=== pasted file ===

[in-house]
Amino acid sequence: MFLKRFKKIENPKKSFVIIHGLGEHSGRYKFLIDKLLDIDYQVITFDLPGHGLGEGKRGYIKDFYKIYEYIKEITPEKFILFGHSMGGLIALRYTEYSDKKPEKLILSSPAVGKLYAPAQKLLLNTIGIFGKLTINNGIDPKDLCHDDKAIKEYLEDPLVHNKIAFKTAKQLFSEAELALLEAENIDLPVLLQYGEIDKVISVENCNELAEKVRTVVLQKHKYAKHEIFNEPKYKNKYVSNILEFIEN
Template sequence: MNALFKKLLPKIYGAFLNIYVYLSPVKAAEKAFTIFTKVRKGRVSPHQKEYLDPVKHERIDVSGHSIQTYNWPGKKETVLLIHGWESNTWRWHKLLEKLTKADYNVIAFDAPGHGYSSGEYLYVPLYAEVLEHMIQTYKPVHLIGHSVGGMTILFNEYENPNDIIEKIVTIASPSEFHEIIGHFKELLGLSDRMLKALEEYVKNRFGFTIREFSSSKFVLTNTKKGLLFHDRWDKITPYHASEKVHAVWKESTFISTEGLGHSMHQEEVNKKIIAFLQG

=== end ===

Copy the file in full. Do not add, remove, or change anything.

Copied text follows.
[in-house]
Amino acid sequence: MFLKRFKKIENPKKSFVIIHGLGEHSGRYKFLIDKLLDIDYQVITFDLPGHGLGEGKRGYIKDFYKIYEYIKEITPEKFILFGHSMGGLIALRYTEYSDKKPEKLILSSPAVGKLYAPAQKLLLNTIGIFGKLTINNGIDPKDLCHDDKAIKEYLEDPLVHNKIAFKTAKQLFSEAELALLEAENIDLPVLLQYGEIDKVISVENCNELAEKVRTVVLQKHKYAKHEIFNEPKYKNKYVSNILEFIEN
Template sequence: MNALFKKLLPKIYGAFLNIYVYLSPVKAAEKAFTIFTKVRKGRVSPHQKEYLDPVKHERIDVSGHSIQTYNWPGKKETVLLIHGWESNTWRWHKLLEKLTKADYNVIAFDAPGHGYSSGEYLYVPLYAEVLEHMIQTYKPVHLIGHSVGGMTILFNEYENPNDIIEKIVTIASPSEFHEIIGHFKELLGLSDRMLKALEEYVKNRFGFTIREFSSSKFVLTNTKKGLLFHDRWDKITPYHASEKVHAVWKESTFISTEGLGHSMHQEEVNKKIIAFLQG